As a beginner this may all sound foreign, and that is totally ok. Many modern classes may not address these aspects of practice, but as you practice regularly you will become more aware of the flow of energy (prana) in your body and be able to adapt and change when you feel you need more or less engagement in a posture and in all ares of your life.

How Much Time Should You Spend Doing Yoga?

In short, an hour a day would be best. But as little as 5 minutes, 3 times a week consistently would be far better than, say, a 90 minute class once every few weeks.

As I suggested above, an hour a day, 7 days a week is only 4% of your time in a given week. While that is true, and it sounds very doable just looking at the math, the reality is we are not machines, and our lives are full of twists and turns.

We’ve all had the experience of being optimistic and having good intentions about a new routine or habit or healthy lifestyle choice, only to find ourselves repeatedly quieting the phone notification we set to follow through with the intention.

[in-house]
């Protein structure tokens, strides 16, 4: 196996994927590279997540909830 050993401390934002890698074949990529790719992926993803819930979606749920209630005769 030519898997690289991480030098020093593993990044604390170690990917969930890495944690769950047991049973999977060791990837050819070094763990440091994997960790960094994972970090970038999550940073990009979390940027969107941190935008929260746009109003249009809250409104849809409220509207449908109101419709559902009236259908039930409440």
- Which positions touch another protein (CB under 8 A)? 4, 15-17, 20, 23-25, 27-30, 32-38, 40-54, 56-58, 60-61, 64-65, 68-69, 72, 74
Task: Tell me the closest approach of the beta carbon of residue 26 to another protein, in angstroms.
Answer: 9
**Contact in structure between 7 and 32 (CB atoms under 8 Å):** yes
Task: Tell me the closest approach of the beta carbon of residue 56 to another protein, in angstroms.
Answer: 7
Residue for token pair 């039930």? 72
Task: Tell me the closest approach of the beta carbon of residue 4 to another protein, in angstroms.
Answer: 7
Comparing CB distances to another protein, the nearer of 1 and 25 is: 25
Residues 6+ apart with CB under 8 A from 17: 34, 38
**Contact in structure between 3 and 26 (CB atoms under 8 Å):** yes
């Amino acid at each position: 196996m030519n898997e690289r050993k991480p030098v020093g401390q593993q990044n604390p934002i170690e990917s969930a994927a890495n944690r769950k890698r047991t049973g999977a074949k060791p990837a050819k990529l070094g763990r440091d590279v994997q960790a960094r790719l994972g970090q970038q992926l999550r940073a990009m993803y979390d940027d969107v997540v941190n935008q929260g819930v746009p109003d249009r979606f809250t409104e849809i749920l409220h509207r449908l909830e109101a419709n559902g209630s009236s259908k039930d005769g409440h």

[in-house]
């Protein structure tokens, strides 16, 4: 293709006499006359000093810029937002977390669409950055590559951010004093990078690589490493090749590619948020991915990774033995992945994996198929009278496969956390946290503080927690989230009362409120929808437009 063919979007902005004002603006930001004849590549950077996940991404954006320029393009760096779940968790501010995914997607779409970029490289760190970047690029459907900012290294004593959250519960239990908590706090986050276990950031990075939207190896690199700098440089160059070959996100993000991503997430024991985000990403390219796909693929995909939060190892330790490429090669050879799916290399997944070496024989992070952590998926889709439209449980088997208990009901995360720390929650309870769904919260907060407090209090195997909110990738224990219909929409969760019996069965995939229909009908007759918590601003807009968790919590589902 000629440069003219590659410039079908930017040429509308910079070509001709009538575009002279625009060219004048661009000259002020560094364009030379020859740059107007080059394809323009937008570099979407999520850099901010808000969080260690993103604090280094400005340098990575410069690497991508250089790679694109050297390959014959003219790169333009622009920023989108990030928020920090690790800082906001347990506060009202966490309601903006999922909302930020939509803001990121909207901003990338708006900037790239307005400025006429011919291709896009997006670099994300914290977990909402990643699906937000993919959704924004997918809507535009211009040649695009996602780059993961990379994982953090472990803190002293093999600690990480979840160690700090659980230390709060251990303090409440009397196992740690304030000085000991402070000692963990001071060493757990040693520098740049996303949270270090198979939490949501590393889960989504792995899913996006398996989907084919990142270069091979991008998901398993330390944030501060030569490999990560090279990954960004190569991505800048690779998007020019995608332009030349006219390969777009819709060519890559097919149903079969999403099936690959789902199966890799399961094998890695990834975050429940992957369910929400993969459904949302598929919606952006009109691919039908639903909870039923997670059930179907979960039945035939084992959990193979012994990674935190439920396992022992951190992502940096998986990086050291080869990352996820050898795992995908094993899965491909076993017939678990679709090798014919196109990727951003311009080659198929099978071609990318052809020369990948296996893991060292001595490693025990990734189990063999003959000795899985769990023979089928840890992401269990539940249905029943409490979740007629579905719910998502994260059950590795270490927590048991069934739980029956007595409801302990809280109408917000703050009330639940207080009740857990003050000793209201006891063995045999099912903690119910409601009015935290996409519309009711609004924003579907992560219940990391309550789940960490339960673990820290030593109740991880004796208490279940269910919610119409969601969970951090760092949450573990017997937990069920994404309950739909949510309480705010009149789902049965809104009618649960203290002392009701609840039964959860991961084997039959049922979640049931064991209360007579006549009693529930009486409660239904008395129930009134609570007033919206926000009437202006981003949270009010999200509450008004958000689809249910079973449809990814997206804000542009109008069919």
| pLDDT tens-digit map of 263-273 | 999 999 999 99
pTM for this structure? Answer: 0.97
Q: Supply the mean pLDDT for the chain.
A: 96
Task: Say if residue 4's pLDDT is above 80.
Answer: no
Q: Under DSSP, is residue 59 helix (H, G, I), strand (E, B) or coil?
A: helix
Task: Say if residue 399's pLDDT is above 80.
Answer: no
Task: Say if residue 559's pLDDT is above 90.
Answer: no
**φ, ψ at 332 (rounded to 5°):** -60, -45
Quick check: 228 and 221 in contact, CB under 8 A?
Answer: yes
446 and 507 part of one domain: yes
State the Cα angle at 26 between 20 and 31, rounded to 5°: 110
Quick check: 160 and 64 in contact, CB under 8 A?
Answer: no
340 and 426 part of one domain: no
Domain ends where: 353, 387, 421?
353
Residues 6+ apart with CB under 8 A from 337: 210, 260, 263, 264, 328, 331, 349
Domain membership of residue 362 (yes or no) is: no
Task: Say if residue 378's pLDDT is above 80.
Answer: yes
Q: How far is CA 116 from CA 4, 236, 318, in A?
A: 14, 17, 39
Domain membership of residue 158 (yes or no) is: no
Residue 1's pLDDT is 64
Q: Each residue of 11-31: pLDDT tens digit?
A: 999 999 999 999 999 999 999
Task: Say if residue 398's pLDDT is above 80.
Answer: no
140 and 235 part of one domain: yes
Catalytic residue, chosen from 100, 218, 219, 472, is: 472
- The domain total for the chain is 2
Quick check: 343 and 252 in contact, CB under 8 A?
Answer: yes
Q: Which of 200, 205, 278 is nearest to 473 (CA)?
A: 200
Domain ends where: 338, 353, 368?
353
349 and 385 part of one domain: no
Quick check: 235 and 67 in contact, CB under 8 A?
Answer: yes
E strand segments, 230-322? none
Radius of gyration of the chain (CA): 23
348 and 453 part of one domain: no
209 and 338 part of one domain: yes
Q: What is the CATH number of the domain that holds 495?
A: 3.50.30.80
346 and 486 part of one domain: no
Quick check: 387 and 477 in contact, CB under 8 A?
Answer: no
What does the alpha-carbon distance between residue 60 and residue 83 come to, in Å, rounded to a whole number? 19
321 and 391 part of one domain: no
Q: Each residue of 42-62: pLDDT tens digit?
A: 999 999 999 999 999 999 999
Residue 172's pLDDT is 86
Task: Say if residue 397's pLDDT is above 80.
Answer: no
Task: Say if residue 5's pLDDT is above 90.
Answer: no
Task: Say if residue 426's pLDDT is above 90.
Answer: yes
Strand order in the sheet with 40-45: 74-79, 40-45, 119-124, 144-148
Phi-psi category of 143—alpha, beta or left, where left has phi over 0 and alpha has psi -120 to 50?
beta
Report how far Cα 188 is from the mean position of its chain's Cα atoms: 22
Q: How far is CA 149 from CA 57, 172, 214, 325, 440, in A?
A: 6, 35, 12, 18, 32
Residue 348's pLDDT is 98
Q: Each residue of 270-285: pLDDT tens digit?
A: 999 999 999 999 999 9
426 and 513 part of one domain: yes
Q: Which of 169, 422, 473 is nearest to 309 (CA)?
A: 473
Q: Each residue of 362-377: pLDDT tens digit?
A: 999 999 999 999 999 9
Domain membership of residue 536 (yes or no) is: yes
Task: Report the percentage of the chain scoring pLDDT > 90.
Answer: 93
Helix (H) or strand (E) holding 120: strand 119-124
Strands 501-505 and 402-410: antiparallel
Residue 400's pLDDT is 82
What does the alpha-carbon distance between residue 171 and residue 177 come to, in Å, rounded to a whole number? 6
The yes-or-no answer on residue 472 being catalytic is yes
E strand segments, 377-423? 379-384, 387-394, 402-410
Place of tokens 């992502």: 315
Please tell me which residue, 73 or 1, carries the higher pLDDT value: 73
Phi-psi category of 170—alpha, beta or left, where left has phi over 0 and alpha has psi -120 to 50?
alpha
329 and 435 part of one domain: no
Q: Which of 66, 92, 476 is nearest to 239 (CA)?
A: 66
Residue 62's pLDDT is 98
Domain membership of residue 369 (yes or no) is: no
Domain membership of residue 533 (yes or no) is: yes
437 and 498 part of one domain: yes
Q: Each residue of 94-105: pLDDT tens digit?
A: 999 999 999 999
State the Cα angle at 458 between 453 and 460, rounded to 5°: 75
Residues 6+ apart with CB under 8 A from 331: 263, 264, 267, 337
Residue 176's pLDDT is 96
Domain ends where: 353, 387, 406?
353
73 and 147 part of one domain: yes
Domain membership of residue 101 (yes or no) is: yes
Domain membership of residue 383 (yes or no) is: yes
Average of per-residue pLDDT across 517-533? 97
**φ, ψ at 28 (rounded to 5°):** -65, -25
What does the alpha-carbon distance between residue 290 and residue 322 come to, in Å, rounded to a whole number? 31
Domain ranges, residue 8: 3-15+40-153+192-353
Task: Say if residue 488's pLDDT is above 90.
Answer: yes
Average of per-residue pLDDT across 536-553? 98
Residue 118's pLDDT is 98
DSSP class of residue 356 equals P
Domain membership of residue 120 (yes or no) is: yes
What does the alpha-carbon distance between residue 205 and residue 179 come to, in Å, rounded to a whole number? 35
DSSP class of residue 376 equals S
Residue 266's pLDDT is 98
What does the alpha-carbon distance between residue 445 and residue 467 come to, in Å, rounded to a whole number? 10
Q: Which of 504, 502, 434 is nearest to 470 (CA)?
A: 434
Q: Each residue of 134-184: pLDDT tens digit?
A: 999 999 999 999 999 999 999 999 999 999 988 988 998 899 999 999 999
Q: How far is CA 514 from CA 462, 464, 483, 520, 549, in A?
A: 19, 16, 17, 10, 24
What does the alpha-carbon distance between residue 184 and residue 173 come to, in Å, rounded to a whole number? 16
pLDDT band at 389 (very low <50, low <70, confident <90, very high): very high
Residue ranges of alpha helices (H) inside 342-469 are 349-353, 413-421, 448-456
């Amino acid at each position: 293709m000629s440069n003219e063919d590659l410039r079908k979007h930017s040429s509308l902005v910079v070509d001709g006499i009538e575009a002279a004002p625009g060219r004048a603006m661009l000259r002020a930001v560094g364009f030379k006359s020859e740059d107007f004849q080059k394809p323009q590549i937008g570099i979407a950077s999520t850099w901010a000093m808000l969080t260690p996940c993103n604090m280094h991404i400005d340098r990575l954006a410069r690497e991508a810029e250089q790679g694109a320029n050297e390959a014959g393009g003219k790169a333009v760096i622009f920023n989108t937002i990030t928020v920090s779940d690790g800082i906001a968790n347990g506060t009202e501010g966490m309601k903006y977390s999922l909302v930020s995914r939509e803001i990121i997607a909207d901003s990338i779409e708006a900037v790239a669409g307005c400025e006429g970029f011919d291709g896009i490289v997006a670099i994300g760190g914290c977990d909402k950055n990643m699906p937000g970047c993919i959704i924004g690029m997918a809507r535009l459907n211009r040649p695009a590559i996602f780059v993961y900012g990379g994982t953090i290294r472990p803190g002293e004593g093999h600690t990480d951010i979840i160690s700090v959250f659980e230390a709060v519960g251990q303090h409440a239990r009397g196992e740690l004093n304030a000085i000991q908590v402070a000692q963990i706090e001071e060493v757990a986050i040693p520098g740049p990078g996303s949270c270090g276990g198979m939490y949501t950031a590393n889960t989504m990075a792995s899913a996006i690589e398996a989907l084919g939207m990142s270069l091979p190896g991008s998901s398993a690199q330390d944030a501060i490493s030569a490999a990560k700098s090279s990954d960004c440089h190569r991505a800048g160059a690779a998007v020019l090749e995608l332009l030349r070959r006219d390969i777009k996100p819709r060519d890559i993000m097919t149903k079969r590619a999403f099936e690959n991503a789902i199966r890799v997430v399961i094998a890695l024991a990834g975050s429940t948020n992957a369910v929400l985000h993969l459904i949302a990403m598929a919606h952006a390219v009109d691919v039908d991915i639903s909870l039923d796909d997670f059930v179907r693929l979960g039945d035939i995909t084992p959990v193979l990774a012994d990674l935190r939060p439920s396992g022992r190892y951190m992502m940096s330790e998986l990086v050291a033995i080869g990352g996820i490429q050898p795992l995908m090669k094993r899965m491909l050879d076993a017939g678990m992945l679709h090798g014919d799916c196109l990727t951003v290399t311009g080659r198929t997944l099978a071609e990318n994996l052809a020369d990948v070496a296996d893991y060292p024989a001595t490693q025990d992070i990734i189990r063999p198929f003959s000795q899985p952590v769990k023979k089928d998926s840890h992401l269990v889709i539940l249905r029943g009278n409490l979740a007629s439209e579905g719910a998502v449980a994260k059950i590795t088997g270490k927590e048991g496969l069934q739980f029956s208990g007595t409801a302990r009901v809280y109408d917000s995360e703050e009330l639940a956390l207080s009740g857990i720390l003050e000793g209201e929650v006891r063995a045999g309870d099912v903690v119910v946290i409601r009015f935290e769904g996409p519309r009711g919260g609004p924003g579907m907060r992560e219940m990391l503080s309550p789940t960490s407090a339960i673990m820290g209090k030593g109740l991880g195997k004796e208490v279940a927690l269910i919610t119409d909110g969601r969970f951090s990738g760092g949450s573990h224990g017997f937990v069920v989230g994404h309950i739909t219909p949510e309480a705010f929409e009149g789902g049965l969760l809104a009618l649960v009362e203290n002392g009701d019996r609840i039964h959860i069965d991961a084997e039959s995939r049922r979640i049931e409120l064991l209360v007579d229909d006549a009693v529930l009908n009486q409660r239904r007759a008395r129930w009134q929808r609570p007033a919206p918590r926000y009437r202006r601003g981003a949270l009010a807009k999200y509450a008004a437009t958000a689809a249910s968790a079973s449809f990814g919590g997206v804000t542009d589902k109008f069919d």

One of the most valuable skills I’ve learned to cultivate in yoga practice is self awareness. For example, I can be self aware that I’m falling out of a balancing pose, and choose to practice the yogic principle of Ahimsa, non harming. Instead of judging or criticizing or comparing myself to others, I can be kind to myself and know that I’m doing my best. The same with my schedule and my practices. If I feel off, worried, overwhelmed, agitated and miss a day of practice, that is okay. It happens. It’s part of being human. The important thing is not that I rigidly adhere to a schedule, but that I am kind to myself and adjust as needed, knowing i am doing my best.